Upgrading with PMP Style: Make A Plan!

Windows 7 goes on sale to the public as of Thursday, Oct 22. We need some business analysis and a plan!

The preliminary Windows® 7 (Win7) RC (Release Candidate) versions have been around for several months. Assuming you are going to upgrade at some point, maybe even soon, you probably need a plan. You might even have a standard IT Upgrade Project Management Plan template. If not, don’t despair; there are probably a few offerings on the web if you have no prior experience or historical data (now you know why we like ‘Lessons Learned’).

First, let us understand the issues an upgrade presents. The operating system controls access to all peripheral hardware. New operating systems may not like old hardware. I still have a printer that uses a parallel port. Imagine my surprise when I realized laptops no longer support parallel ports. My 10-year-old USB scanner does not work on Vista or Win7. Hmmmm… not a good start.

Are you aware of the general malaise about change? Most people do not want to change from the status quo. This is especially true of the worker-bee population. If it works, why are we changing it?

With Win7 being a new operating system, and probably representing a slightly different desktop, you will want to prepare all stakeholders, users and support staff. You will need a test lab to figure out which equipment will or will not work and how to get around the problems.

You will need to develop some Microsoft training for your help desk support and for the users. There are probably lots of outside suppliers for user training (Check our website!).

If you already have Vista, the upgrade path is just that, an upgrade in place.
If you got XP, well, sorry, you have to backup all your local data, reformat, install and put your data back…and then install any business applications.

Worst case scenario regarding this upgrade: it probably affects EVERY user in your company and many of your clients. This upgrade may not affect the servers but it affects the user population. They all need to ‘change.’

This is a typical IT project; it affects everyone, everywhere! The smart IT support groups will have a plan (even if that plan is to wait and see)!

If you did have to plan for this upgrade, in general, you are probably looking
to:

  • Develop an upgrade strategy to Win7 (which computers, schedule of events, resources needed)
  • Build the business case for investing and deploying Win7 throughout your organization
  • Communicate with all stakeholders interested/required in the planning, pre-testing and implementation
  • Manage the Win7 upgrade (trial install, tweak process if needed, full or staged deployment)
  • Have training available in advance and support services ready and able when deployment happens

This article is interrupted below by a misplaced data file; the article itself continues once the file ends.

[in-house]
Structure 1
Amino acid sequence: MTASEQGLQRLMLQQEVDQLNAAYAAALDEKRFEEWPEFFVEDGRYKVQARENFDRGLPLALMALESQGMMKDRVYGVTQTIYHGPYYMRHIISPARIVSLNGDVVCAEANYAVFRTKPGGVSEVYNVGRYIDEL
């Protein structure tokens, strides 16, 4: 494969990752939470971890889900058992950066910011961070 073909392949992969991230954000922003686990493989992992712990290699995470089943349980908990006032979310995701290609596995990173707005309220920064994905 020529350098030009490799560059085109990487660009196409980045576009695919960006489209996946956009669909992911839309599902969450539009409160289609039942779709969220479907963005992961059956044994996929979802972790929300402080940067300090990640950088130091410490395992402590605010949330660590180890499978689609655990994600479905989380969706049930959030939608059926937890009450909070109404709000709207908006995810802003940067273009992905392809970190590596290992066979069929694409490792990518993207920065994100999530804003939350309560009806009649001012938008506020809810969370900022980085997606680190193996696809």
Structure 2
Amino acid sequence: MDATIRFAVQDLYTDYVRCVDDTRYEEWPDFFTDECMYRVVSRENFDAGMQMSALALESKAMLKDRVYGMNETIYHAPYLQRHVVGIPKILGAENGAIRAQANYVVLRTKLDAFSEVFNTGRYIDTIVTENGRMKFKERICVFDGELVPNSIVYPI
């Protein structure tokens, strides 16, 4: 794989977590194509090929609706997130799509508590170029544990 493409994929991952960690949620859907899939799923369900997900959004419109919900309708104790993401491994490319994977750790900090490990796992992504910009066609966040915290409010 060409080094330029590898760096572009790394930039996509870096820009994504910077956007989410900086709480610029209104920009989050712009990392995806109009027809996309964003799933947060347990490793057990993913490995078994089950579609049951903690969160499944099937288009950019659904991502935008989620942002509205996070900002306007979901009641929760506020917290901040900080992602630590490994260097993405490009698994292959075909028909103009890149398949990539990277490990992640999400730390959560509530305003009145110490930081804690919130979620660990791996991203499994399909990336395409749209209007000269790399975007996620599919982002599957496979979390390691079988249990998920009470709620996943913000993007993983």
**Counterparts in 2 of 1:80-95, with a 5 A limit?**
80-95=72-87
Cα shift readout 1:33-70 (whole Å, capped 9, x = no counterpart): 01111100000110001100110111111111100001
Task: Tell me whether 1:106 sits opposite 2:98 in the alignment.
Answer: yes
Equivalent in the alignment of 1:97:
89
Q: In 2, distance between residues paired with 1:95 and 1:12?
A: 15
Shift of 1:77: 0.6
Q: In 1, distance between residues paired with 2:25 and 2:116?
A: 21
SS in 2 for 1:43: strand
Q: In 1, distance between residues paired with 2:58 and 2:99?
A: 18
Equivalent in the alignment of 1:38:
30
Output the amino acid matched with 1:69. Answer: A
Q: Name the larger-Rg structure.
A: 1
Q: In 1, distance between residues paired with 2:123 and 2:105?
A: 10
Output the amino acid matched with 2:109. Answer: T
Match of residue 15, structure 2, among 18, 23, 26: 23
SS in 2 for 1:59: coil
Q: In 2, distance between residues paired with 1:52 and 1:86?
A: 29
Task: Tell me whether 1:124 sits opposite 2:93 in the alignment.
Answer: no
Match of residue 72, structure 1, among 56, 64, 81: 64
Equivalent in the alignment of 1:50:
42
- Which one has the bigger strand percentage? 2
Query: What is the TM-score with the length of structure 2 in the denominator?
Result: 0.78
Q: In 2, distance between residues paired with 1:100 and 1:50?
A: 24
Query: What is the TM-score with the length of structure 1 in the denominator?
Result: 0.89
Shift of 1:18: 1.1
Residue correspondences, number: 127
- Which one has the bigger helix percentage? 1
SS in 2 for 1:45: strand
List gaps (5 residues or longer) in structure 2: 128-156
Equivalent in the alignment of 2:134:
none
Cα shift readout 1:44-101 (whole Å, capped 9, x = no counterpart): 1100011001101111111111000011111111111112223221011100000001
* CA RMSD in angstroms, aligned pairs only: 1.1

Here is a shortened list of some templates to get your plan started more quickly, offered from web-based support companies for a fee:

  • Business Case (Need, Benefit, Strategy, Implementation, Vision Statement)
  • Architectural Principles for Deployment (if significantly different from current)
  • Project Organization (scope, schedule, cost schedule, quality control)
  • Upgrade Project Planning (WBS)
  • Testing Plan and Quality Assurance
  • Risk Matrix
  • Change Management Control
  • Communications Plan (status, issue and Highlight Reports)

Some system upgrades are absolutely necessary… security patches… some are not.

Technically, you can get a free Win7 license swap for Windows Vista®…but only if you bought a PC after June 25th of this year, and it had Vista installed! Otherwise, you have to pay the upgrade fee — about half the cost of buying new. The retail price is between $200 and $330, depending on whether it is  the Basic, Home or Full-Edition offerings.

The important question…is this upgrade needed? Not if you are happy with your current desktops, and all your mission-critical applications are working fine.

Remember, this upgrade to Win7 also requires relatively new and powerful hardware. If you are unhappy with your current desktops, for whatever reason, and your equipment is all relatively new, then there will be merit in moving away from VISTA (those nagging admin popups, sluggish
behaviour) and maybe XP (10 years old!!). You should be able to get a trial copy and take Win7 for a spin before deciding.

No surprises. I prefer that!

From David Egan

Windows and Windows Vista  are either registered trademarks or trademarks of Microsoft Corporation in the United States and/or other countries.

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